Sometimes pain sneaks up on you. There’s no dramatic moment when something snaps or pops. You move through your normal daily routine without thinking about the small, but impactful choices you’re making. You ignore a nagging soreness as a temporary nuisance. Suddenly, you wake up one morning in pain. Unable to move like normal, you have to say something or do something about it.
No Pain, No Gain. Right?
In mid-September, I tore the labrum in my shoulder. Leading up to the appointment that confirmed the diagnosis, the surrounding muscle tensed up and shooting pain from my shoulder down to my elbow seized nearly all my attention. I couldn’t lift my elbow off my side more than 20 degrees in any direction. Ibuprofen was no match for the pain.
When the world went into quarantine earlier this year, I decided to invest my time and resources a little differently. I spent more time with my daughter, created a garden, read more books, and assembled a garage gym. The idea of working out at home had always been a draw. It’s hard to avoid working out when it’s 20 feet from the couch — not 20 minutes away by car.
With some dumbbells, a treadmill, and a 10×10 padded floor, I started routine high-intensity interval training. Over the past 3 months, I rarely missed a day of training. The feeling after pouring sweat for an hour in a summer garage became addictive. I needed it to relieve stress and feel physically productive after a day spent staring at my laptop screen.
But, there was something not quite okay about my left shoulder as time passed. It felt weaker than the right while pressing overhead. It would stay sore longer. I couldn’t get the same range of motion as the opposite arm. I chalked it up to an imbalance and figured I needed to keep pressing. No pain, no gain. Right?
Despite knowing that a proper warm up and cool down are helpful, I did neither of these things. I’d work hard for 45 or 60 minutes. Then, the idea of adding an extra 20 minutes for warming up, cooling down, and stretching seemed optional.
Then, one random weekday morning I woke up unable to lift my arm. As much as I wish there’d been a tough workout where I pushed too hard and heard something pop, that didn’t happen. Only in retrospect can I now piece together some evidence that helps me make sense of what happened.
In the customer experience / experience design field, we often talk about “pain points.” These are obstacles, annoyances, frustrations, or inconveniences that customers (or employees, stakeholders, users, etc.) encounter during a task they try to complete.
We use journey maps to plot the pain points along the customer’s flow and brainstorm opportunities to eliminate the friction and improve the experience. Often times, we talk about defining moments along the journey where companies have the opportunity to delight (provide something unexpected) or reduce friction (don’t screw up). Pain points and these moments are cast as acute or specific events that align to a step in the customer’s journey.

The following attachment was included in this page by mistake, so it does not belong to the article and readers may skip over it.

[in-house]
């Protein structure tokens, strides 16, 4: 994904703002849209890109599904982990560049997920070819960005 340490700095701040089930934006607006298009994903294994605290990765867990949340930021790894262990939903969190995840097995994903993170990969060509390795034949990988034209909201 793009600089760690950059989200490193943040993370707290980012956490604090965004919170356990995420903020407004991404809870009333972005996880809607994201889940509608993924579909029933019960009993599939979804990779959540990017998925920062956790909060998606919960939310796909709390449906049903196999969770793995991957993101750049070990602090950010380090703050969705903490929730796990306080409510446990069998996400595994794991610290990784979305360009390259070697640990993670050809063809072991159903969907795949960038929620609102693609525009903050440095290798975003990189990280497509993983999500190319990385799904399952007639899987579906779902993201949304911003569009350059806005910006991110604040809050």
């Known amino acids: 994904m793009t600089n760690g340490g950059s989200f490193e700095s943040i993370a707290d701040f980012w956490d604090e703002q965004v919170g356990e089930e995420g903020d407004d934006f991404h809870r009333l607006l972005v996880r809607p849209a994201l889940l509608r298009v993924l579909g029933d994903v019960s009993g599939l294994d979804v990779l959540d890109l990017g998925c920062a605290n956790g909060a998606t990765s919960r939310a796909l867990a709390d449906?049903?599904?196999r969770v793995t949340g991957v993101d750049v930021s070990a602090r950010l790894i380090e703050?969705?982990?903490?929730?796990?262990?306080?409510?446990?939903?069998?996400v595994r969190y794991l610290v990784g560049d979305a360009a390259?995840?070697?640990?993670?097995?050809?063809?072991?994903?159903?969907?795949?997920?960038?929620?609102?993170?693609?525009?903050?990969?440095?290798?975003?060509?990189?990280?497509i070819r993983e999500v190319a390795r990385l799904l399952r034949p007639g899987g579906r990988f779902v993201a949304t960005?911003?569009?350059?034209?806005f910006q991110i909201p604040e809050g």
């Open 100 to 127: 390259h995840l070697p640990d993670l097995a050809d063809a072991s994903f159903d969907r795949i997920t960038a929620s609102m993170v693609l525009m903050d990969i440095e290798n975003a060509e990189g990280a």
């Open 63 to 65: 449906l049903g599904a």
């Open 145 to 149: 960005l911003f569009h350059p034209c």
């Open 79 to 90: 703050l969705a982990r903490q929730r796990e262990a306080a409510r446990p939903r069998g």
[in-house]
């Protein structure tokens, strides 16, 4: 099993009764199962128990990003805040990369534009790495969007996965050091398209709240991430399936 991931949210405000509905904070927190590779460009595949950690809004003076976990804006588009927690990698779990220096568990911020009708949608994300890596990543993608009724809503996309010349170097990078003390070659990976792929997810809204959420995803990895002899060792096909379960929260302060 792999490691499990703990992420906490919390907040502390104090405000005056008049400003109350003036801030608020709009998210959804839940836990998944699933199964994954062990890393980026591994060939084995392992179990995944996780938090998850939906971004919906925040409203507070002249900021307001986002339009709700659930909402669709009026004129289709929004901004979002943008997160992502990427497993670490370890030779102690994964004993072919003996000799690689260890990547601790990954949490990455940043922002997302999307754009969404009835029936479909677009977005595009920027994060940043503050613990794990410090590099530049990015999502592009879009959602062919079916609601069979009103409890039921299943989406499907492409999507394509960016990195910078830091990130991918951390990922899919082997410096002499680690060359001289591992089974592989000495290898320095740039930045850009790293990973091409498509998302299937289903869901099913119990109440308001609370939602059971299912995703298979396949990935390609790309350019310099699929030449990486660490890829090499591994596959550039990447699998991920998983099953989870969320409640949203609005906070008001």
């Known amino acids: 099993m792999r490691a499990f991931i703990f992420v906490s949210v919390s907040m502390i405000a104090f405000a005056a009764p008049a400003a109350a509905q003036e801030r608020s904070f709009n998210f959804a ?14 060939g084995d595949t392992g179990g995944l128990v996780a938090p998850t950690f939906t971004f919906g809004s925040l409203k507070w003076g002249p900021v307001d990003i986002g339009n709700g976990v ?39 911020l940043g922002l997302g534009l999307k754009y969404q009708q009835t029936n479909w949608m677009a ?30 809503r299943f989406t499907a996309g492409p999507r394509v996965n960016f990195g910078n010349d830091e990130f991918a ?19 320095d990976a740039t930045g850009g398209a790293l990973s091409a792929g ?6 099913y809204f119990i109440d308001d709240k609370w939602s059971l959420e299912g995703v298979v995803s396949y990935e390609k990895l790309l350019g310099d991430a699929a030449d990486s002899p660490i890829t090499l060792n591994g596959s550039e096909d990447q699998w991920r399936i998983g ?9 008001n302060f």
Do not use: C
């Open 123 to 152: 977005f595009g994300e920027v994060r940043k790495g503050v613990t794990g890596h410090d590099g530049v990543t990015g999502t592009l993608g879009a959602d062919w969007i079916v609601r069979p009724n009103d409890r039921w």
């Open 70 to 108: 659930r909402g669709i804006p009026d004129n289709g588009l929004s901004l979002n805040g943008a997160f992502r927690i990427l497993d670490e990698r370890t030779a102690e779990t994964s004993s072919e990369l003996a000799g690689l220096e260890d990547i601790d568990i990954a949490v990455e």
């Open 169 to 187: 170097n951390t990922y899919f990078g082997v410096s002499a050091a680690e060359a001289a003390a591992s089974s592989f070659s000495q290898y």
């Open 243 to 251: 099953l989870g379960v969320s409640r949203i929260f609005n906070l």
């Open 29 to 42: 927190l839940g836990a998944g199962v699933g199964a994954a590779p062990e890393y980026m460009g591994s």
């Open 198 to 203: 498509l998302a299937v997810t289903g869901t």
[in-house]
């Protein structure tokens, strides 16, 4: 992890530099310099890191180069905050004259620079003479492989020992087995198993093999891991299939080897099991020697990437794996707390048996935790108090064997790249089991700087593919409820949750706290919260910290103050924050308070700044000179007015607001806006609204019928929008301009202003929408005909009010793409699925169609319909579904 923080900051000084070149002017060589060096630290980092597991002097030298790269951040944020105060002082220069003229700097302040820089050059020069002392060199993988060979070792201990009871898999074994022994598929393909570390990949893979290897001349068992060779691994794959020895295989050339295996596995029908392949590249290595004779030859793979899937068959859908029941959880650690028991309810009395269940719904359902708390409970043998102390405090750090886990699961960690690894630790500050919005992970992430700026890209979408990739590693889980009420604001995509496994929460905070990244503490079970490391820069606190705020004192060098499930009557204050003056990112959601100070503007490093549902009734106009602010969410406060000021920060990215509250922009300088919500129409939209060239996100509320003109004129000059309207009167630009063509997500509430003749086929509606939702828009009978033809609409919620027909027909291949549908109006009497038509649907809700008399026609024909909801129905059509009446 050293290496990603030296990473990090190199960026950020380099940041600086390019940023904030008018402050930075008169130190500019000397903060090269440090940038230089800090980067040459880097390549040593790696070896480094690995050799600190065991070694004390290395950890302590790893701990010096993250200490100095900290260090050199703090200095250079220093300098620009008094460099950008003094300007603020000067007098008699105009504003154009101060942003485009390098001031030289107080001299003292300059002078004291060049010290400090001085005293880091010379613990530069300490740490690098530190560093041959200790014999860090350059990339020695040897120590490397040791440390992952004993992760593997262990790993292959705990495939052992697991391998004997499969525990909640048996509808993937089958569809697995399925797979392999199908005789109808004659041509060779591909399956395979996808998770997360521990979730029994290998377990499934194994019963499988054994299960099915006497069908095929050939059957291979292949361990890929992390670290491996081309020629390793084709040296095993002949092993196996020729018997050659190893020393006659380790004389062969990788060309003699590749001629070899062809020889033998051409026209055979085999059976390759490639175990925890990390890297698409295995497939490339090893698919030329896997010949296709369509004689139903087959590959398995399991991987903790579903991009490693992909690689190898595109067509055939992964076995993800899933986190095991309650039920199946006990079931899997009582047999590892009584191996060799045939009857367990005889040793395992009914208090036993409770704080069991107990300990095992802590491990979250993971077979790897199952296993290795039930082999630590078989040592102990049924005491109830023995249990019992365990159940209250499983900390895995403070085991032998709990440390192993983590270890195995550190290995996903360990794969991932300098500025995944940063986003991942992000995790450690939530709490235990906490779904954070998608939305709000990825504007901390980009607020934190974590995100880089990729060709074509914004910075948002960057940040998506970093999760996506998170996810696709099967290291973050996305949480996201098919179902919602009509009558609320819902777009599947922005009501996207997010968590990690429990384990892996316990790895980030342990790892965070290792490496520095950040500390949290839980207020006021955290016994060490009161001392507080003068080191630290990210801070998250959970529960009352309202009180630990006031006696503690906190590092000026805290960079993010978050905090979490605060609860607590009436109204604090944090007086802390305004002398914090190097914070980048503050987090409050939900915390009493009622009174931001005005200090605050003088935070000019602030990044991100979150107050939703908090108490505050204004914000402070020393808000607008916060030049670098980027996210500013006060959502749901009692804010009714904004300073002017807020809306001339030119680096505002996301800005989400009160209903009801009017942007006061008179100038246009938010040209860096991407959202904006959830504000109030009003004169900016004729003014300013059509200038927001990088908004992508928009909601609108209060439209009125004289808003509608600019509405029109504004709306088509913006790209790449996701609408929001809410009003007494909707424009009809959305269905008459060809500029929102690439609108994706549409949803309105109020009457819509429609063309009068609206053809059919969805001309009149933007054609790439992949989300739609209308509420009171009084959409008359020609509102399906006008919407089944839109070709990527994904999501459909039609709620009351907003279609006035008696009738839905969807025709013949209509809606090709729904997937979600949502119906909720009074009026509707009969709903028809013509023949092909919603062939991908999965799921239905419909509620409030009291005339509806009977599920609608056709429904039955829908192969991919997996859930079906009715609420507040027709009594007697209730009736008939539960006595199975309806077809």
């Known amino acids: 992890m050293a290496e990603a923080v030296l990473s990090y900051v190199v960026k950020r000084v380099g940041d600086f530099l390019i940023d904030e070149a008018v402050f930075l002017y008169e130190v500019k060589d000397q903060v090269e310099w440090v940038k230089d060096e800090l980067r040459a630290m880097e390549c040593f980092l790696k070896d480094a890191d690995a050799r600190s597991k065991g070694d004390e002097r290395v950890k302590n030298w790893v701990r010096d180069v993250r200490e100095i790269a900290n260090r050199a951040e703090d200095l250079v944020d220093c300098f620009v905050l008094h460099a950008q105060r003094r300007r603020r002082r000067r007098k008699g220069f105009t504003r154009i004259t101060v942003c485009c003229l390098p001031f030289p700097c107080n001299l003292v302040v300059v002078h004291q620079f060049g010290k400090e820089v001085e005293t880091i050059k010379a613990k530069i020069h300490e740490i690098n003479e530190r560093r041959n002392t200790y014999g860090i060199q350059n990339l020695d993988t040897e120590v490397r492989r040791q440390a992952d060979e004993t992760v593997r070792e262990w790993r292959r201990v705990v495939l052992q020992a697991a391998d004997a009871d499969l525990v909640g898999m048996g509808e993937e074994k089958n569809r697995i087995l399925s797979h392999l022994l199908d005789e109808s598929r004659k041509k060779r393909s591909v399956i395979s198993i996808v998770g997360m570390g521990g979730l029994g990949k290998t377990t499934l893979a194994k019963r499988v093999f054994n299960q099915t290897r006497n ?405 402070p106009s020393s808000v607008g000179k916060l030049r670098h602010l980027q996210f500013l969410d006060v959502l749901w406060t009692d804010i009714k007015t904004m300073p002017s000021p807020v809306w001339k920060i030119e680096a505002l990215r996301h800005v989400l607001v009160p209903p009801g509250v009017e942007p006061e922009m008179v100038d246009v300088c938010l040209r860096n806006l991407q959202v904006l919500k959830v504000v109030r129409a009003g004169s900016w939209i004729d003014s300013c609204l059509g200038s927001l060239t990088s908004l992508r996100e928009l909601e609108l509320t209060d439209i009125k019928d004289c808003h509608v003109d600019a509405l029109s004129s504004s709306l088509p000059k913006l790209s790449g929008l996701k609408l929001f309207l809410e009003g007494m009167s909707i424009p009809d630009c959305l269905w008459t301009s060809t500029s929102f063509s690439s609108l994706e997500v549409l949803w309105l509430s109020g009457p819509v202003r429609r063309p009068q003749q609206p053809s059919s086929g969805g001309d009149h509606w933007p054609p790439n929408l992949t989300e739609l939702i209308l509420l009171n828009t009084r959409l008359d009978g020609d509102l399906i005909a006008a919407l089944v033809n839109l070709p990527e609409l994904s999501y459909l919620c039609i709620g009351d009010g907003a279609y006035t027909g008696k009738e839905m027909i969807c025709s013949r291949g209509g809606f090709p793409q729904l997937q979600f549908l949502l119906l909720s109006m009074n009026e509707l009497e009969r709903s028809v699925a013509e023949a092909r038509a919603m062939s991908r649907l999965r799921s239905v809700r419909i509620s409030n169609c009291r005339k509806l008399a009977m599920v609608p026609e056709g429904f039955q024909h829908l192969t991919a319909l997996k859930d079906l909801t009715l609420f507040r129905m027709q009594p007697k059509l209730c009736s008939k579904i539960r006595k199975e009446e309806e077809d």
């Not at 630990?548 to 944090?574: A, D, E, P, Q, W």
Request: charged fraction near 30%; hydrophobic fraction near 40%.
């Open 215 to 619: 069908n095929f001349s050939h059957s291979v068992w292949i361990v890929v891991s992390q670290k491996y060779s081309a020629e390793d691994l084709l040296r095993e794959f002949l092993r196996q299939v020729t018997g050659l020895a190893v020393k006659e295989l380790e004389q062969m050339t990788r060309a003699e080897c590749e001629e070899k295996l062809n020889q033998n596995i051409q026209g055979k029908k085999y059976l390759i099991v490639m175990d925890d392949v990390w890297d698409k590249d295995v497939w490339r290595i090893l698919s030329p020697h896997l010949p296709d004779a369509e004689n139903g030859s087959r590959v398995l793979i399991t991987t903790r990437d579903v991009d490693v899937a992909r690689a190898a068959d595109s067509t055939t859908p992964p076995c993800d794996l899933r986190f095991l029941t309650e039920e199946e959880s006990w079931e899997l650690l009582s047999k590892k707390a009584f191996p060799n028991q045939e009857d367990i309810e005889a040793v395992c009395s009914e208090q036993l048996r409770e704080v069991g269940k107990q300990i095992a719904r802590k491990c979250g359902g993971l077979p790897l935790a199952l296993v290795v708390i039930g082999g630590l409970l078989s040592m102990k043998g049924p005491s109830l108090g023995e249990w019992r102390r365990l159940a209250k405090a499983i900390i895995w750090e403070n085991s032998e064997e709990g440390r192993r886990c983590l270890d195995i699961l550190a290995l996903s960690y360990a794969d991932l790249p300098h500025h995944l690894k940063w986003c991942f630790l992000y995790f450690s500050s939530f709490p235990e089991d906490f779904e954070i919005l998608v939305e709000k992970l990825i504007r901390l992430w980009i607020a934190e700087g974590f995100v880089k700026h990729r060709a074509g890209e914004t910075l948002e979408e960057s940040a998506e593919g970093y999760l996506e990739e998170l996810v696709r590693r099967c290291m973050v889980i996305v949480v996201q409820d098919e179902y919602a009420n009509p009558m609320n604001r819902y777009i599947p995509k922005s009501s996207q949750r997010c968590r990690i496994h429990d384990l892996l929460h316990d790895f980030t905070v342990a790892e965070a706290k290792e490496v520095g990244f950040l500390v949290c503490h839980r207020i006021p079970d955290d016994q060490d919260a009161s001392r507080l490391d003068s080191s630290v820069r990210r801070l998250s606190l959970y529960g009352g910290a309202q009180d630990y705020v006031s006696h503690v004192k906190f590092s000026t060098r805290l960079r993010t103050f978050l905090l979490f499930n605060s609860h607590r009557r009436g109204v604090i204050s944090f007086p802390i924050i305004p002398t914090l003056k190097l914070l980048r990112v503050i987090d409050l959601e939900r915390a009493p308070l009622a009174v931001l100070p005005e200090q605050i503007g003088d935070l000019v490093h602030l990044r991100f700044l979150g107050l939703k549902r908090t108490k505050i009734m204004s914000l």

Yet, my shoulder injury experience prompted me to consider a different kind of customer experience pain. One that is not tied to a specific, acute event. One that can’t be traced back to one defining moment. It’s a pain that almost sneaks up on a customer. Where, at the end of the process and over time, the frustration evolves from a nuisance to an unavoidable frustration.
My shoulder injury is largely a product of a series of poor choices and unknown mistakes. Poor form and little to no recovery weakened the muscles and ground the joint over time. A labrum tear was the culmination of months of this friction.
In the same way, customer experience pain can slowly build over time. Small or imperceptible annoyances and frustrations accrue over time. This may look like repeated inconsistent fees on an account, a regularly forced password reset process, the need to click through three or four links to get to the thing you want to do. These seemingly insignificant pain points cumulate to significance.
Designing easy or enjoyable experiences requires attention to detail. It requires meeting basic expectations, which are probably much higher than you realize. Even more, enjoyable experiences must be created or engineered in specific moments when they’re least expected.
Pay attention to your customers and how they experience your product or service over time. Put yourself in their shoes and be honest about what you find. The invisible frustrations can lead to just as much damage as the obvious ones.